Because, as I suggested earlier, the battle against Satan is a war, not of strength or might or weapons, but of words. For the Sword of the Spirit is the Word of God. And consider: how is Satan described in the Scriptures? He is called deceiver, accuser, and liar. All things dealing with words. And so when Satan wanted to lure Adam and Eve into sin, it was with words. When Satan wanted to challenge Jesus in the wilderness and lead Him into sin, it was with words. And when Satan challenges us today, it is with words. Words of doubt, words of half-truths to lead us away from God, words of deception and promises which are nothing but lies. Now, knowing that should not lead us into any false sense of security, and into thinking that Satan is not dangerous – for he is! He is very dangerous. And so we heard in Revelation, “Woe to you, O earth and sea”; and we read in First Peter that the devil is “a roaring lion, looking for whom he can devour.” But Satan cannot force us to do anything. He cannot force us to sin. That he does through words, by making sin look and sound so good; by appealing to our sinful human nature; by convincing us that we’d be better off following him and his wisdom and his ways, than following God and His Word. And we often follow. And its not his fault, its our fault.
And so give the devil his due, but don’t give him too much credit! Remember that Satan is an angel, a part of creation. And so while angels are powerful, they are not all-powerful – only God is that. And while angels have knowledge that far surpasses our knowledge, they are not all-knowing – only God is that. And while angels are spirit-beings and therefore very fast and quick and able to be in many places, they are not all-present – only God is that. All angels, including Satan, are a part of creation and therefore subject to the omnipotent, omniscient, and omnipresent authority of God. And so when Satan wanted to test and challenge Job, what did he have to do first? He had to ask God for permission. And even then he could do only what God allowed him to do. And so yes, Satan is real, and yes, Satan is dangerous. But he is not equal to God.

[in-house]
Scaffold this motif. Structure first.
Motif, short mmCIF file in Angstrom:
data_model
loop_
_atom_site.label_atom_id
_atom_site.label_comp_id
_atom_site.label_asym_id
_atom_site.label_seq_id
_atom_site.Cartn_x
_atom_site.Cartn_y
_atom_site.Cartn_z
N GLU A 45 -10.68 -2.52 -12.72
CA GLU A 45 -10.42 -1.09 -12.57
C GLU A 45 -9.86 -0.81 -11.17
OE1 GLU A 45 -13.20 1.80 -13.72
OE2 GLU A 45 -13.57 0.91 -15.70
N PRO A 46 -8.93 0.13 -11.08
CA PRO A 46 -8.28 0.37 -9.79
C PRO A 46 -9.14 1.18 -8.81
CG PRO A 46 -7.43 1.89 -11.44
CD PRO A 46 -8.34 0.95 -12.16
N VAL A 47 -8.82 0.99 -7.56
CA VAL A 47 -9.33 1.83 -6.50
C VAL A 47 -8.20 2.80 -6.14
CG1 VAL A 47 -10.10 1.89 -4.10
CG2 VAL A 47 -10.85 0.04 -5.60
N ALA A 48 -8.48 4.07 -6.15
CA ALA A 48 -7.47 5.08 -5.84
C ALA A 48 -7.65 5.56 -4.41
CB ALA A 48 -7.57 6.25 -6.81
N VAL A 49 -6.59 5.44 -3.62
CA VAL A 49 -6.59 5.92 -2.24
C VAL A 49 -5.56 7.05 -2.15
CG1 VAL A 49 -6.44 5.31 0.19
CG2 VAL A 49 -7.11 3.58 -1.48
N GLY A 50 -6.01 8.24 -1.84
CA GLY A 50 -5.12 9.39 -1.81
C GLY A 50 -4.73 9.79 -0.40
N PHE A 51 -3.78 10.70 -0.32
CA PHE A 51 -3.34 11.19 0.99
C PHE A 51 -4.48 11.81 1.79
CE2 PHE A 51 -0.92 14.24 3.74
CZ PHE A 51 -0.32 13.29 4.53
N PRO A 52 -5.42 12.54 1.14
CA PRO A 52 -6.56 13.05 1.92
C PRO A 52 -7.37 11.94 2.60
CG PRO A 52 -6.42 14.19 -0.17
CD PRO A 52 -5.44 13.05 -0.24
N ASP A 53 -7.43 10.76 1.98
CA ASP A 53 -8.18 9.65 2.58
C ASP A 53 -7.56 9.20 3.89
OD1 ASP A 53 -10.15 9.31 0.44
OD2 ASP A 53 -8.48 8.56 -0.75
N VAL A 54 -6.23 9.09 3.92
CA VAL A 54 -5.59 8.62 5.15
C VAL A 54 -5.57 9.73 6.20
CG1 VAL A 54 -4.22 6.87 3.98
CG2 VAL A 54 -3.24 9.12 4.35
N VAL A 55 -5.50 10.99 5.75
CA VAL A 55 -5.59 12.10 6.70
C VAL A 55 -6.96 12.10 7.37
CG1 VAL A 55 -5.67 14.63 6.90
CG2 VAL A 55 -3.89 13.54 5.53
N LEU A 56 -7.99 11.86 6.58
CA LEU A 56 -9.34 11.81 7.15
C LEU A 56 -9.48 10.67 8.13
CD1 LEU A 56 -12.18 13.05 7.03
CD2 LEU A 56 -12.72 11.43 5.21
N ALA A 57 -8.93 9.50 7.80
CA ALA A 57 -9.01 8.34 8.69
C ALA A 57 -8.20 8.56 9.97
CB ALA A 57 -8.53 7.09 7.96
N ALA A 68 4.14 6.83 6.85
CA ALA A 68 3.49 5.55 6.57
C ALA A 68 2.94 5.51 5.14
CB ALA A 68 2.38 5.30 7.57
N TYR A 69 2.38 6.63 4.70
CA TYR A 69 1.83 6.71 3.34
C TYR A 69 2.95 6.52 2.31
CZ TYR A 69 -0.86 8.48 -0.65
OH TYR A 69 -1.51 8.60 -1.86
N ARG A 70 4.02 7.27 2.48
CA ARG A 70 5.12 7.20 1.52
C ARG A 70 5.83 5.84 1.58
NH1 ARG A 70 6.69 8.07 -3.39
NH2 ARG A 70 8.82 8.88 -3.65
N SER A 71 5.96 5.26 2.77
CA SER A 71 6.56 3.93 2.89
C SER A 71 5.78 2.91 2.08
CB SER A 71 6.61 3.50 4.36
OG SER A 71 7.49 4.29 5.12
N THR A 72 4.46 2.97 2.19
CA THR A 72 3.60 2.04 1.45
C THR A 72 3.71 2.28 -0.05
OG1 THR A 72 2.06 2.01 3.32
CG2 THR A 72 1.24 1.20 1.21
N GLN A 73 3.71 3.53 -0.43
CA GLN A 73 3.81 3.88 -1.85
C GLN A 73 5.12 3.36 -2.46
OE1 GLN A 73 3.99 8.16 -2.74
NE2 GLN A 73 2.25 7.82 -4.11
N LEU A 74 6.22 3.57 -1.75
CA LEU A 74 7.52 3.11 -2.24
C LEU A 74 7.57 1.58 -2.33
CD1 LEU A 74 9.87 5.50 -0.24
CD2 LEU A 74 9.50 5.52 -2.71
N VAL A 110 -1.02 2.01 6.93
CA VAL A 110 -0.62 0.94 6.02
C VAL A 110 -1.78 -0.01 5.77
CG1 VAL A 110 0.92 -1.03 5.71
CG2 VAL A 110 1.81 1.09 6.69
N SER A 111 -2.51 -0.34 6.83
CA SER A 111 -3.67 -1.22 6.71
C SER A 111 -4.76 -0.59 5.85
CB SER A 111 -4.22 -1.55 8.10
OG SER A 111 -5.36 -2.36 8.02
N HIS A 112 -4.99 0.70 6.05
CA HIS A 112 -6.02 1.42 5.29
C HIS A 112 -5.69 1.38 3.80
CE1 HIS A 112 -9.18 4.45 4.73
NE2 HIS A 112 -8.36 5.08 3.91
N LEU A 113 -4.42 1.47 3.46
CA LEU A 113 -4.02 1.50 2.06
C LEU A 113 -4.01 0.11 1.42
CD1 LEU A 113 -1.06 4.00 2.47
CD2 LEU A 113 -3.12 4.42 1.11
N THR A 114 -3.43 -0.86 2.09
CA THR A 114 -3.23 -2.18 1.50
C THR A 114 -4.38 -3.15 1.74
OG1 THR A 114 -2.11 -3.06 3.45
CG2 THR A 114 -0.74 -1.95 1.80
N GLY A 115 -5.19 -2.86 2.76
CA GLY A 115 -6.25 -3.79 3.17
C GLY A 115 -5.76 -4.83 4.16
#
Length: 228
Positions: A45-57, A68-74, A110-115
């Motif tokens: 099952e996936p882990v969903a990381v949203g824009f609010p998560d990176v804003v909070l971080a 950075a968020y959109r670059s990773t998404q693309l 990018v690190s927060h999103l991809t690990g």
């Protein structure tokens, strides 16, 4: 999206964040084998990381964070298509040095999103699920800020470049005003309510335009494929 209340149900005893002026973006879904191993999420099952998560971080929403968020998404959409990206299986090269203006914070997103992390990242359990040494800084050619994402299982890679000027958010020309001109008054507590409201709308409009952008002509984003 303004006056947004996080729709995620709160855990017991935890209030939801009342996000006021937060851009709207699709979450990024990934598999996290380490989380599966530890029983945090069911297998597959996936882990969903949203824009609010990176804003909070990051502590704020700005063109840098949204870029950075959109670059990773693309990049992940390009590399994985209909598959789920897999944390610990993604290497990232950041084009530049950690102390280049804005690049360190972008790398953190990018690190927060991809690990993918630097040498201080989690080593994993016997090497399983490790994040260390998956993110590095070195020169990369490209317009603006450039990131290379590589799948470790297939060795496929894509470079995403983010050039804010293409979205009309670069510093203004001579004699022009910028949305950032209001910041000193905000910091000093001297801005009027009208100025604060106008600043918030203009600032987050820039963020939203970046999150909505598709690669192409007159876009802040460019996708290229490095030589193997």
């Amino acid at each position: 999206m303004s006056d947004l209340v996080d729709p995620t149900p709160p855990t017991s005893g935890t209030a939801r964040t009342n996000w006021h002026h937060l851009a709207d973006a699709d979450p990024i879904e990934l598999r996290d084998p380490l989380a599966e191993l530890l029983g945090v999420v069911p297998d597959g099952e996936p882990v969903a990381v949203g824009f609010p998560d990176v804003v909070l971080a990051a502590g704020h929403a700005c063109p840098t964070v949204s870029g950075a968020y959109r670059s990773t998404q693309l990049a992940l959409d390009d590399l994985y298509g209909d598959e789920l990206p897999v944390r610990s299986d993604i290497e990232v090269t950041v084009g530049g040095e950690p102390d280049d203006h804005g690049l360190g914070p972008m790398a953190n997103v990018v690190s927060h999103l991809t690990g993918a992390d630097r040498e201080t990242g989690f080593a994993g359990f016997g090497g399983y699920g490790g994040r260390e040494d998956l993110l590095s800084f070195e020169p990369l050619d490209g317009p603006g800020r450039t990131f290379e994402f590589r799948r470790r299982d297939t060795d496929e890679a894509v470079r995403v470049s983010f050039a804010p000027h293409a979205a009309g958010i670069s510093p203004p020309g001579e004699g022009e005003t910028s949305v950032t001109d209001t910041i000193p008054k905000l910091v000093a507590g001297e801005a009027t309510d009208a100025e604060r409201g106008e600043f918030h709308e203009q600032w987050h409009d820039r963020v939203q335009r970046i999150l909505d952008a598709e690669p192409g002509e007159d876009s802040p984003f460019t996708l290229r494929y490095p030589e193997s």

Now at this point, many people – including maybe yourselves – wonder why Satan then exists at all! If everything God created was created good, how did Satan become evil? If Satan is subject to God’s authority, how come God allows him to do so much so that there is so much evil in our world? Why didn’t God just annihilate him and be done with it? Those are good questions, but questions that God has not revealed the answers to. That is not for us to know, and when we try to figure God out and figure out the answers to those questions, as smart as we may think we are, we get in trouble. We get it wrong. Because God’s not holding out on us! He didn’t withhold the answers just so He’d know something that we don’t! He knew we couldn’t handle it. He knew that our limited and sinful minds couldn’t understand. . . . But He did tell us what we need to know. And He did tell us what is most important to know: that yes, Satan is real, and yes, he is dangerous. But that he has been defeated, that he has been thrown down from heaven, and that his time is short. And Jesus has also told us this: that “I have given you authority to tread on serpents and scorpions, and over all the power of the enemy, and nothing shall hurt you.” Or in other words, the war has already been won, and we have been given the victory!